August 28,1963. I was ten, pushing on eleven. Once more I saw history unfold through lens of CBS News and covered by Walter Cronkite. That network and his voice covered unprecedented social change with a calm elegance, treating the audience as thinking, intelligent people. The voice of news as I grew through the tragedies yet to unfold.
Of course I refer to the March On Washington and Reverend Martin Luther King's amazing "I Have A Dream" speech.
The most reliable estimates I have found put the crowd at 200-250,000 people.
There's no reason to repeat what I heard at home. My parents were products of their time. As were too many, north and south, who never tried to overcome the wrong they learned. To listen to their better angels seemed futile in the face of such hatred and anger.
That March in the summer of '63 was massive. It was peaceful. And many hoped once the coloreds blew off some steam everything would go back to normal. Progress at geologic speeds.
The rhetoric of the speeches was uplifting. King's voice wasn't the only one that day raised in hope. Raised in a cry for freedom and equality.
Earlier that summer President Kennedy called on Congress to act. After the violence in the South he decided the time had come to forever change America. Kennedy knew it was going to be a brutal political war and decided to wage it. He was going to need his Vice President, Lyndon Johnson, the former Majority Leader of the Senate, to twist arms to ensure passage.
The mood of the nation was changing. We saw Bull Connor's deputies beat demonstrators to the ground. We saw the dogs loosed on men and women. We watched as fire hoses were turned on people only wanting the American Dream. Equality. As we watched in horror people were accepting Jim Crow was an evil chapter of American History far overdue to be closed.
Kennedy had the bill introduced in the House, a more liberal body ready to take on the issue. Unfortunately, Jack Kennedy never lived to see the bill pass. He was gunned down in Dallas on 11/22/1963. President Johnson was determined to pass the strongest possible bill.
The Bill passed the House on February 10,1964, 290 for, 130 against.
In the Senate it was filibustered on introduction.
Johnson was a consummate political deal maker and knew where the bodies were buried. Hell, he'd buried many of them. The President knew no amount of pressure, arm twisting or political favors would bring The Segregationist, Southern, Democratic Senators back into the fold. Another way had to be found to break the filibuster and force cloture. He turned to Everett Dirksen(R-IL), Senate Minority Leader.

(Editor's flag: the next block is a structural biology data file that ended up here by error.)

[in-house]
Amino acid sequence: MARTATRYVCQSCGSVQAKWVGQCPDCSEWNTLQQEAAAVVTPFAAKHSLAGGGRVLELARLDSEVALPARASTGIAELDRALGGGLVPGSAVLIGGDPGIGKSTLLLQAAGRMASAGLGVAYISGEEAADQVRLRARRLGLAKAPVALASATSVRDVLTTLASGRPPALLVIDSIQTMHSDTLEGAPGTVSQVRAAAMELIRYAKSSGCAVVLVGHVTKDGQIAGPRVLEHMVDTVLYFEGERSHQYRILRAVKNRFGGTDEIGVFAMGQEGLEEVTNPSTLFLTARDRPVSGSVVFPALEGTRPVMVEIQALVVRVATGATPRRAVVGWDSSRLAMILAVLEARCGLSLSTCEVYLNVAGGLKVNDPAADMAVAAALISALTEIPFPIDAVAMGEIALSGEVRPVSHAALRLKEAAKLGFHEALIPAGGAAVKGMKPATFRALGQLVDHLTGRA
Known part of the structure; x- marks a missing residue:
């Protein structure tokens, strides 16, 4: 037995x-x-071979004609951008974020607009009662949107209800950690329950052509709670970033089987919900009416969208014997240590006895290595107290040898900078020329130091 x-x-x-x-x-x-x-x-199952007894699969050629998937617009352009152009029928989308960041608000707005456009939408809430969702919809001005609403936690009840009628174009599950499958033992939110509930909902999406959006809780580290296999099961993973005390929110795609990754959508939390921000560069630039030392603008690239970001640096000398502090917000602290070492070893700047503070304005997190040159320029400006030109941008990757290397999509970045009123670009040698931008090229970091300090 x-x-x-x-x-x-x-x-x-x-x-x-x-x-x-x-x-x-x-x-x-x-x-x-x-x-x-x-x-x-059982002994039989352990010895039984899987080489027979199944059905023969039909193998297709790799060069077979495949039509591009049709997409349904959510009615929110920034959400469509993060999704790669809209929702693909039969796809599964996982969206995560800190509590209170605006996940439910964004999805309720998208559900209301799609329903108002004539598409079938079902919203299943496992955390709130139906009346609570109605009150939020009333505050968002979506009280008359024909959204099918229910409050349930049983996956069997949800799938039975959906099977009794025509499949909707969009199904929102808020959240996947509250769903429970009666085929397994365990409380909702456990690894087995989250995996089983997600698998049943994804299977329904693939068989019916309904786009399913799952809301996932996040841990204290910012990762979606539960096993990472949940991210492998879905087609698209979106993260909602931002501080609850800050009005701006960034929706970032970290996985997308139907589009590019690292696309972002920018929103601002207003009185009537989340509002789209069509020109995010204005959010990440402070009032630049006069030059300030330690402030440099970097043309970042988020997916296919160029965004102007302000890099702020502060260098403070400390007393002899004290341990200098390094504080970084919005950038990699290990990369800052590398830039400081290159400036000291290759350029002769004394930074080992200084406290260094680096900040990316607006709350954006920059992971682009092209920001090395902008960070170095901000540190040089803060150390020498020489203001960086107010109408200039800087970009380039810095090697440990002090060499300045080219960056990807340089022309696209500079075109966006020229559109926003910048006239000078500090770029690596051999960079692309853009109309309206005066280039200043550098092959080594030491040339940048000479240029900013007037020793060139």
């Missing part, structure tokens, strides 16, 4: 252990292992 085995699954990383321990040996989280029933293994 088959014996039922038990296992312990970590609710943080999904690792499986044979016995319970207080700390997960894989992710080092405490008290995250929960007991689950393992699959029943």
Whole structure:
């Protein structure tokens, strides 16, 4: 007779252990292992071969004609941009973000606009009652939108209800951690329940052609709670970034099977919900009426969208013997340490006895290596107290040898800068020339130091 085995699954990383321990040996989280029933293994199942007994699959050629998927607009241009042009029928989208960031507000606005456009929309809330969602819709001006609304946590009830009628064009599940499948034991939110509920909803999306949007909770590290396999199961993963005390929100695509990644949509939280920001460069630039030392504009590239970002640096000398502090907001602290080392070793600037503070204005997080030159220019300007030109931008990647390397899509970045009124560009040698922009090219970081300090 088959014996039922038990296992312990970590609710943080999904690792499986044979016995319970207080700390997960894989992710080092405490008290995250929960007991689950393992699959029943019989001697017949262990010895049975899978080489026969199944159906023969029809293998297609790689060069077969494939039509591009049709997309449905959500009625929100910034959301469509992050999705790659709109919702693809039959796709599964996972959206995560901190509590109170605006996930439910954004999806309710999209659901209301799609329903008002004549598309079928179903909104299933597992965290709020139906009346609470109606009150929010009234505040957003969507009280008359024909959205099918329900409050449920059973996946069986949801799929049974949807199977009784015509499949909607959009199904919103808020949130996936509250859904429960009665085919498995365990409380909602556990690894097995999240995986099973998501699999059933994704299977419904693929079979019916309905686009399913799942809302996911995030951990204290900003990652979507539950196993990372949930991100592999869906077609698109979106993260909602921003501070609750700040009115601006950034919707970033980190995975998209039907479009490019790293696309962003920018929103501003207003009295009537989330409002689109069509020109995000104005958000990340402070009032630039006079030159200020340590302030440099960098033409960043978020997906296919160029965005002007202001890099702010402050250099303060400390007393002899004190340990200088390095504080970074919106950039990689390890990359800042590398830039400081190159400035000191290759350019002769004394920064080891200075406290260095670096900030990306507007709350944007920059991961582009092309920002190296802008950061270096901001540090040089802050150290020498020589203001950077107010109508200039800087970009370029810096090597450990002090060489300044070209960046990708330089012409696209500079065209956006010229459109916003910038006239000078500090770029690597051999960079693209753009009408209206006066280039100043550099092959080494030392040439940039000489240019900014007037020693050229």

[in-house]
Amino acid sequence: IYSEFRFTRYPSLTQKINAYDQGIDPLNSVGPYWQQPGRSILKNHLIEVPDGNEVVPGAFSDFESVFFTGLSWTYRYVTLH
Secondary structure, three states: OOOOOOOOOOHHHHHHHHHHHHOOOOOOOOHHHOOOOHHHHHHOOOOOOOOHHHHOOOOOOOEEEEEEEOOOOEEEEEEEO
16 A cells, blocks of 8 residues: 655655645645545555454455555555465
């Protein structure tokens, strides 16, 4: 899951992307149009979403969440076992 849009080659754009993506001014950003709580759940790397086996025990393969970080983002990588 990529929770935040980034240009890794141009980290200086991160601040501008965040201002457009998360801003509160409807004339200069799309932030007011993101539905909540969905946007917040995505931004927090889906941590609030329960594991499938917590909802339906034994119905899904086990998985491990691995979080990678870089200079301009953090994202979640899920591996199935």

Both men knew this would be tricky. They met often in The White House and charted a course of action over drinks. The Minority Leader knew he'd have problems using Republican votes to bypass a mutiny by a wing of a sitting President's party.
Dirksen had reservations on the bill, mostly doubts about constitutional issues. He also realized something had to be done.
Dirksen was an orator of the sort the Senate hasn't seen much of since the first half of the Twentieth Century.
I recall his low stentorian voice from appearances on TV. Like Johnson, he knew how to work the Senate.
He did so.
He offered a flurry of amendments, using them to gauge positions held by his colleagues. He seemed lukewarm at times, drawing out a better picture of the stances being taken. The President and the minority leader moved in May of 1964.
He presented the Republican version and immediately faced a mutiny of his own, led by Senator Hickenlooper (R-IN).
Senator Dirksen called a press conference.
Using his considerable speaking skills he lectured the press about the moral need for a Civil Rights Bill. He claimed and held the moral high ground as he revealed his unequivocal support of the bill. This amazing example of leadership quashed the revolt. Now it was simply a matter of keeping the Caucus in line till the vote.
On June 10,1964, Senator Everett Dirksen took the floor of the Senate and gave a quiet,moral argument to the Senate and the nation about an idea whose time had come. He was exhausted.
The eighty-three day filibuster was broken, clearing the way for passage of The Civil Rights Act Of 1964.
This would not have happened without the Senate Republicans and their leader working in concert with a Democratic President poised to crush the GOP presidential nominee. They did this for America. In an election year.
Needless to say this could not happen today. there is a different tenor in the strident rhetoric of the GOP. Rather than visionary, patriotic leadership, there is petty, partisan bickering passing as America's only hope to stop the tide of progress.
Can anyone see any way that landmark bill could be passed in this poisonous political climate? A climate where it seems to be a badge of honor to gut the Civil Rights Act or the Voting Rights Act. Both bills were helped to passage by Senator Dirksen. Can anyone imagine Mitch McConnell showing that level of political courage?
The Fiftieth Anniversary of the March on Washington was this week. Rather than step forward, acknowledge their role and claim their place in History the GOP decided to not attend. It wasn't the usual crowd of wackos only that stayed away. it was all of them. Every. Single. One.
When they realized the optics a desperate attempt at spin was hurriedly put forth. The damned Liberals didn't invite them. That was quickly exposed as the lie it was.
So, when they had a chance to reach out to a diverse crowd the GOP passed on it.
When they had a chance to stand with America, they passed.
When they had a chance to show everyone how petty and out of touch they were, they jumped on it.
The party of stupid, indeed.